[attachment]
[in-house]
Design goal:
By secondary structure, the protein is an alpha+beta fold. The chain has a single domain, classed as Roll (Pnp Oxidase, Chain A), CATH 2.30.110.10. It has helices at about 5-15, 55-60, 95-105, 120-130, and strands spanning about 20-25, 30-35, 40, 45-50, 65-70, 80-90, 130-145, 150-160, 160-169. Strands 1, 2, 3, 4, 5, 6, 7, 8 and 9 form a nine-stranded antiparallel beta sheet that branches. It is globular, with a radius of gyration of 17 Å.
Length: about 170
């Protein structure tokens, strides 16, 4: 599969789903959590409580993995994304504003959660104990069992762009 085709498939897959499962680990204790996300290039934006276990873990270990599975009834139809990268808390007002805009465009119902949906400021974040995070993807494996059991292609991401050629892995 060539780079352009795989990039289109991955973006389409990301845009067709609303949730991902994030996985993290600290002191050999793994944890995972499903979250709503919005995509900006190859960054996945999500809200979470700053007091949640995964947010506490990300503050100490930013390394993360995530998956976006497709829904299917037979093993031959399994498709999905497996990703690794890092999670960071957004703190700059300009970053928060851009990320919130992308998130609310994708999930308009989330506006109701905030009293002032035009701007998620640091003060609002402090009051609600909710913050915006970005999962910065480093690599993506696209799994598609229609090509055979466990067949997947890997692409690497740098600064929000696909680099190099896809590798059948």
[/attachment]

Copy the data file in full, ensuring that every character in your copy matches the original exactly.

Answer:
[in-house]
Design goal:
By secondary structure, the protein is an alpha+beta fold. The chain has a single domain, classed as Roll (Pnp Oxidase, Chain A), CATH 2.30.110.10. It has helices at about 5-15, 55-60, 95-105, 120-130, and strands spanning about 20-25, 30-35, 40, 45-50, 65-70, 80-90, 130-145, 150-160, 160-169. Strands 1, 2, 3, 4, 5, 6, 7, 8 and 9 form a nine-stranded antiparallel beta sheet that branches. It is globular, with a radius of gyration of 17 Å.
Length: about 170
């Protein structure tokens, strides 16, 4: 599969789903959590409580993995994304504003959660104990069992762009 085709498939897959499962680990204790996300290039934006276990873990270990599975009834139809990268808390007002805009465009119902949906400021974040995070993807494996059991292609991401050629892995 060539780079352009795989990039289109991955973006389409990301845009067709609303949730991902994030996985993290600290002191050999793994944890995972499903979250709503919005995509900006190859960054996945999500809200979470700053007091949640995964947010506490990300503050100490930013390394993360995530998956976006497709829904299917037979093993031959399994498709999905497996990703690794890092999670960071957004703190700059300009970053928060851009990320919130992308998130609310994708999930308009989330506006109701905030009293002032035009701007998620640091003060609002402090009051609600909710913050915006970005999962910065480093690599993506696209799994598609229609090509055979466990067949997947890997692409690497740098600064929000696909680099190099896809590798059948």